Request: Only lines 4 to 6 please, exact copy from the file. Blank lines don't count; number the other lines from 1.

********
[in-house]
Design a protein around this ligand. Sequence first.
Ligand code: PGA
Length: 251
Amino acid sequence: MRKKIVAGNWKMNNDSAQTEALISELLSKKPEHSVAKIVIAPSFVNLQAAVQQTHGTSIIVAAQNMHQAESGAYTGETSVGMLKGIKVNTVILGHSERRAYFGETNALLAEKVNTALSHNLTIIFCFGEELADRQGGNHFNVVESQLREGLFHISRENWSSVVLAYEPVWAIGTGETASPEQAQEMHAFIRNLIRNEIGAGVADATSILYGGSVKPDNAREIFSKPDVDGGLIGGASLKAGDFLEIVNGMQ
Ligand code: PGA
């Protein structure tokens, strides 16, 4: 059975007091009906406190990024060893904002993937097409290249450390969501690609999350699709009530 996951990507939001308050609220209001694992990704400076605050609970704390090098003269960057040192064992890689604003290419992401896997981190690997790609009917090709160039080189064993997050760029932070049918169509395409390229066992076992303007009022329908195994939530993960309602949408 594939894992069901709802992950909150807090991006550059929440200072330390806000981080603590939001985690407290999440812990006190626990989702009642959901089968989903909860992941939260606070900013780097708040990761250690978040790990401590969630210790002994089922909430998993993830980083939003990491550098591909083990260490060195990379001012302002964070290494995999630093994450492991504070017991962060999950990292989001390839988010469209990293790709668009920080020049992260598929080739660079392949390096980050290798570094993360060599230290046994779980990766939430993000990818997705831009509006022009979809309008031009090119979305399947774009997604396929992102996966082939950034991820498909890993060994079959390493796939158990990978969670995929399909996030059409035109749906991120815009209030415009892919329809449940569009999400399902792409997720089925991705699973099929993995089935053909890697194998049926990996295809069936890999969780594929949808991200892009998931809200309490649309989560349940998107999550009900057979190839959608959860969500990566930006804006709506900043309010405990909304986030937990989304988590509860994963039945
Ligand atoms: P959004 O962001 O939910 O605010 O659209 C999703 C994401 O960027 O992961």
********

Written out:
Length: 251
Amino acid sequence: MRKKIVAGNWKMNNDSAQTEALISELLSKKPEHSVAKIVIAPSFVNLQAAVQQTHGTSIIVAAQNMHQAESGAYTGETSVGMLKGIKVNTVILGHSERRAYFGETNALLAEKVNTALSHNLTIIFCFGEELADRQGGNHFNVVESQLREGLFHISRENWSSVVLAYEPVWAIGTGETASPEQAQEMHAFIRNLIRNEIGAGVADATSILYGGSVKPDNAREIFSKPDVDGGLIGGASLKAGDFLEIVNGMQ
Ligand code: PGA